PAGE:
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Exhibit Depicts Early 20th-Century Lives of Virginian Indians

February 13, 2008 — “Family Portraits: Virginian Indians at the Turn of the 20th Century,” a photographic exhibit organized by Sweet Briar College with support from the Virginia Indian Heritage Program at the Virginia Foundation for the Humanities, will open at the University of Virginia’s Kaleidoscope Center for Cultural Fluency in Newcomb Hall on Feb. 22 and remain on display through May 25.

Native Virginia Indian community leaders will give a gallery talk at a reception on Feb. 22, hosted by U.Va.’s American Indian Student Union. The reception will begin at 6 p.m. at the Kaleidoscope Center.

More than 30 photographs depict members of six tribes of Virginia Indians in portraits, school pictures and tribal gatherings. The exhibition includes reproductions of candid, studio and ethnographic photographs taken of Monacan, Pamunkey, Nansemond, Chickahominy, Rappahannock and Mattaponi Indians in the early 1900s. Many of the photos are anonymous; others were taken by Smithsonian photographers James Mooney and G.L. Dill, and by the Foster Studio, which operated in Richmond from 1900 to 1925.

The exhibition is an update of one originally created and shown at Sweet Briar College in 1993 as a research project by Katherine Schupp Zeringue, then a Sweet Briar undergraduate student, under the guidance of art galleries director Rebecca Massie Lane and anthropology professor Claudia Chang.

The photographs were selected from collections at the Virginia Historical Society, the Valentine Richmond History Center, the Library of Virginia, the Smithsonian Institution and the University of Virginia Special Collections. The written descriptions that accompany the images have been updated for the current show, using information learned since the original showing. Photographs of Monacan Indians, which were not available in 1993, also have been added.

In 1993 — as now — an important part of the project was the participation of those whose forebears are pictured, said Sweet Briar assistant professor of anthropology Lynn Rainville. She took on revising the labels, as well as securing funding for the project through a VFH grant. She collaborated with the Virginia tribes and with Deanna Beacham, program specialist for the Virginia Council on Indians, to amend the descriptions.

For her show in 1993, Schupp wrote to the Virginia tribal chiefs for help identifying people in the photographs. Two chiefs responded and the new information was provided to the lending institutions, who expressed gratitude for her efforts to find the lost information.

The updated version of "Family Portraits" was shown by the Sweet Briar Art Gallery during the fall 2007 semester, which coincided with Jamestown’s 400th anniversary year, Virginia Archaeology Month in October and National American Indian Heritage Month in November. Now, with VFH support, Sweet Briar has made it available to travel to venues throughout the commonwealth, with its first stop at the University of Virginia's Newcomb Hall.

An online version of the exhibit may be seen at www.faculty.sbc.edu/lrainville/VAIndiansExhibit/. It compares the 1993 and 2007 labels to demonstrate how the exhibition’s content changed after discussions with descendant communities and the incorporation of new scholarship.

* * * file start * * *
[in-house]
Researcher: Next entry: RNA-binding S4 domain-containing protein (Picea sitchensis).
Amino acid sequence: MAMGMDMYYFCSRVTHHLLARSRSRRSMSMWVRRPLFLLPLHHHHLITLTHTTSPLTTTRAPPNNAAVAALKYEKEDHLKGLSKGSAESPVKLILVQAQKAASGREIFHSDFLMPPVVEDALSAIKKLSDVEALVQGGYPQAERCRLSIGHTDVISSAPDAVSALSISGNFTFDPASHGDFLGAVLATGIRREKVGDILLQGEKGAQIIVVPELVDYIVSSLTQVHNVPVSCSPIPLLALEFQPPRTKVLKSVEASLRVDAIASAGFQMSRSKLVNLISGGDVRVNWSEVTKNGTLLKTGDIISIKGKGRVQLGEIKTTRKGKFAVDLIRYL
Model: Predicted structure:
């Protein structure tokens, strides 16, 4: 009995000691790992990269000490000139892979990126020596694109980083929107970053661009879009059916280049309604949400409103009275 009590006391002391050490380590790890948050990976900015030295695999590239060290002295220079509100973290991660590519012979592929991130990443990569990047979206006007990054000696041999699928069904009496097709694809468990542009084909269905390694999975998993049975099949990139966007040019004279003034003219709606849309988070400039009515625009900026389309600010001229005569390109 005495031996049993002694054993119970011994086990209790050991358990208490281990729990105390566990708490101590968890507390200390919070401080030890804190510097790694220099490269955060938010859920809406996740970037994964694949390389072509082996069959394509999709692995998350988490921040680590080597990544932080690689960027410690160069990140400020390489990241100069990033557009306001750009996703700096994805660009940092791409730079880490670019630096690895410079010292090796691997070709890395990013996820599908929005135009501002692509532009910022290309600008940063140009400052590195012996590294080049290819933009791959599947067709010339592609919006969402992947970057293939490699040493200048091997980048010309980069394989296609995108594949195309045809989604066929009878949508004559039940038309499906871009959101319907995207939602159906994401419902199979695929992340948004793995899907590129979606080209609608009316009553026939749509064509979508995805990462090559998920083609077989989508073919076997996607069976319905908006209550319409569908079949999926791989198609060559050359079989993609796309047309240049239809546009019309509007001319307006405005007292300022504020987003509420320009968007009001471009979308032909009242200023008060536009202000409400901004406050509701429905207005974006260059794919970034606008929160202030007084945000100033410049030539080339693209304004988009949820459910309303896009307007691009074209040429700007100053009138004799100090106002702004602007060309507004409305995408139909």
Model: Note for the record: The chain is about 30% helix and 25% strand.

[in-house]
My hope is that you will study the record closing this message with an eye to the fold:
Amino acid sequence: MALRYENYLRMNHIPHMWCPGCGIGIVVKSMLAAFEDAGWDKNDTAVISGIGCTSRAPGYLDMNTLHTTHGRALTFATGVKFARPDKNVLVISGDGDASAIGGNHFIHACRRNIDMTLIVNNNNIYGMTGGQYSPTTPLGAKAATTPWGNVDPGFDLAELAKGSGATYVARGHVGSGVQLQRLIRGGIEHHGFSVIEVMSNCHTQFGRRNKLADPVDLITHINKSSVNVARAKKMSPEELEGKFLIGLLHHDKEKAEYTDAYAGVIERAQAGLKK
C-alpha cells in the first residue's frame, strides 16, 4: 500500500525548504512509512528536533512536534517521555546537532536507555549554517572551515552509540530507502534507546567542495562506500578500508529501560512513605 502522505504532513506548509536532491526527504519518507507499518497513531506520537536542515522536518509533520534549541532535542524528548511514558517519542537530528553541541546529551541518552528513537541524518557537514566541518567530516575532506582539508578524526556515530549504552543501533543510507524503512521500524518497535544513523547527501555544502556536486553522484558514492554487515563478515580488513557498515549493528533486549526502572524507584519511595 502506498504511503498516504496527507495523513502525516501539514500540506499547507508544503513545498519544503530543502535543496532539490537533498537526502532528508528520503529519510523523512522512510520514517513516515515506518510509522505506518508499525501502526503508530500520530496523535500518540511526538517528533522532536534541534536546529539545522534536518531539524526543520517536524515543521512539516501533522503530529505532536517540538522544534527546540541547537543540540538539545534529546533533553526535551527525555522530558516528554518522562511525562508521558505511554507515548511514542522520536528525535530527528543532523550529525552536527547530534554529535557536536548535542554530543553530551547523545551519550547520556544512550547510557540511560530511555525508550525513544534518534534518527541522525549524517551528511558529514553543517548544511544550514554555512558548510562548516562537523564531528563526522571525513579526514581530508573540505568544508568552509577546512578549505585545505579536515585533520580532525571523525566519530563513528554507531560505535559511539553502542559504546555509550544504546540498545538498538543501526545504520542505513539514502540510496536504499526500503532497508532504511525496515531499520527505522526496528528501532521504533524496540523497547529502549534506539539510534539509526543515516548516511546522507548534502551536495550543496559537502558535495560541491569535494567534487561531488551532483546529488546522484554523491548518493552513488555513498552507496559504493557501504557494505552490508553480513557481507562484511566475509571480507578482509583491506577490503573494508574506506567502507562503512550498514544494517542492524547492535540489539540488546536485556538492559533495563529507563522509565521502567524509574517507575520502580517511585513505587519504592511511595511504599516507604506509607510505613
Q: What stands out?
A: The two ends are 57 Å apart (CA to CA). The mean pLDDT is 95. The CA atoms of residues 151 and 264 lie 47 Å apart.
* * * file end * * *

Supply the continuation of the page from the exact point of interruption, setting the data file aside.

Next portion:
The exhibit is open to visitors from 8 a.m. to midnight during regular Newcomb Hall hours. For information, contact Karenne Wood, director of the Virginia Indian Heritage Program, at karennewood@virginia.edu or (434) 924-3296.

For information on bringing the exhibit to a gallery, contact Rebecca Massie Lane at rmlane@sbc.edu or (434) 381-6248. It will travel to James Madison University for the fall semester, again sponsored by the Virginia Indian Heritage Program at the VFH.

Karenne Wood Becomes Virginia Indian Heritage Program Director

Karenne Wood was recently named director of the Virginia Indian Heritage Program, the newest program to be added to the Virginia Foundation for the Humanities. Wood is a member of the Monacan Indian Nation and serves on the Monacan Tribal Council. She is currently a Ph.D. candidate in anthropology at the University of Virginia, working to reclaim indigenous languages and revitalize cultural practices.

She was previously the Repatriation Director for the Association on American Indian Affairs, coordinating the return of sacred objects to native communities. She has also worked at the National Museum of the American Indian as a researcher, and she directed a tribal history project with the Monacan Nation for six years. Wood held a gubernatorial appointment as Chair of the Virginia Council on Indians for four years, and she has served on the National Congress of American Indians’ Repatriation Commission.

Wood recently edited the Virginia Indian Heritage trail, published by the VFH, led the “Beyond Jamestown” Teachers’ Institute and curated the “Beyond Jamestown: Virginia Indians Past and Present” exhibit at the Virginia Museum of Natural History.

Her vision for the Virginia Indian Heritage Program is to “help redress centuries of historical omission, exclusion and misrepresentation," she said. "Virginia Indians have always believed that the story told about our ancestors in history books is wrong. It’s a story that portrays us incorrectly and, worse, as invisible from a modern-day perspective. The Virginia Indian Heritage Program will help correct these inaccurate representations."

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